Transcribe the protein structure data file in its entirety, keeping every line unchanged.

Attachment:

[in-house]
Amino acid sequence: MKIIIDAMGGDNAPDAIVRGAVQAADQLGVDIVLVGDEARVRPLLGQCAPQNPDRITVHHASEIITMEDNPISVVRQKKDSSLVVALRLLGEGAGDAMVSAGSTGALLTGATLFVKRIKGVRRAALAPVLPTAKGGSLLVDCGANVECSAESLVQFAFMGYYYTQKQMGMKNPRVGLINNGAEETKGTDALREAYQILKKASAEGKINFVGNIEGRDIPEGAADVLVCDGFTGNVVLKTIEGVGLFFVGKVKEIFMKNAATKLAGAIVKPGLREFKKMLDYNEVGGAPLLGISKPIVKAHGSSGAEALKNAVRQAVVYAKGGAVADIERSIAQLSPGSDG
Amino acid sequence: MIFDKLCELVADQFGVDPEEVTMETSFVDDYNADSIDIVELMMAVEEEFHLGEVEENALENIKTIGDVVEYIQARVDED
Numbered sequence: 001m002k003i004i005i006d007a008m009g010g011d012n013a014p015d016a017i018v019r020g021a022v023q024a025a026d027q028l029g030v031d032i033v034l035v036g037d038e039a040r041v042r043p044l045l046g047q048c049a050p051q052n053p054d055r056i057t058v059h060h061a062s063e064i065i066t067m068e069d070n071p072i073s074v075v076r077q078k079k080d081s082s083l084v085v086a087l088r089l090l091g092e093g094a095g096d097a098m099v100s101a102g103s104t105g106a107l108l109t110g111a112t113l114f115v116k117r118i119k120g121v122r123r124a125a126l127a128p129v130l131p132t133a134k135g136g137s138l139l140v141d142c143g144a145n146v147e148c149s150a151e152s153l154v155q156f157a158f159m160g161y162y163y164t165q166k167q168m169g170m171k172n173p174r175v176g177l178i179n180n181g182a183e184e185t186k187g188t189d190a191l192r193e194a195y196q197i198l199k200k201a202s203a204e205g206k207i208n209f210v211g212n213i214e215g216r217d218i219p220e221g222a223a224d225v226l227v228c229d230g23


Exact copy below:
[in-house]
Amino acid sequence: MKIIIDAMGGDNAPDAIVRGAVQAADQLGVDIVLVGDEARVRPLLGQCAPQNPDRITVHHASEIITMEDNPISVVRQKKDSSLVVALRLLGEGAGDAMVSAGSTGALLTGATLFVKRIKGVRRAALAPVLPTAKGGSLLVDCGANVECSAESLVQFAFMGYYYTQKQMGMKNPRVGLINNGAEETKGTDALREAYQILKKASAEGKINFVGNIEGRDIPEGAADVLVCDGFTGNVVLKTIEGVGLFFVGKVKEIFMKNAATKLAGAIVKPGLREFKKMLDYNEVGGAPLLGISKPIVKAHGSSGAEALKNAVRQAVVYAKGGAVADIERSIAQLSPGSDG
Amino acid sequence: MIFDKLCELVADQFGVDPEEVTMETSFVDDYNADSIDIVELMMAVEEEFHLGEVEENALENIKTIGDVVEYIQARVDED
Numbered sequence: 001m002k003i004i005i006d007a008m009g010g011d012n013a014p015d016a017i018v019r020g021a022v023q024a025a026d027q028l029g030v031d032i033v034l035v036g037d038e039a040r041v042r043p044l045l046g047q048c049a050p051q052n053p054d055r056i057t058v059h060h061a062s063e064i065i066t067m068e069d070n071p072i073s074v075v076r077q078k079k080d081s082s083l084v085v086a087l088r089l090l091g092e093g094a095g096d097a098m099v100s101a102g103s104t105g106a107l108l109t110g111a112t113l114f115v116k117r118i119k120g121v122r123r124a125a126l127a128p129v130l131p132t133a134k135g136g137s138l139l140v141d142c143g144a145n146v147e148c149s150a151e152s153l154v155q156f157a158f159m160g161y162y163y164t165q166k167q168m169g170m171k172n173p174r175v176g177l178i179n180n181g182a183e184e185t186k187g188t189d190a191l192r193e194a195y196q197i198l199k200k201a202s203a204e205g206k207i208n209f210v211g212n213i214e215g216r217d218i219p220e221g222a223a224d225v226l227v228c229d230g23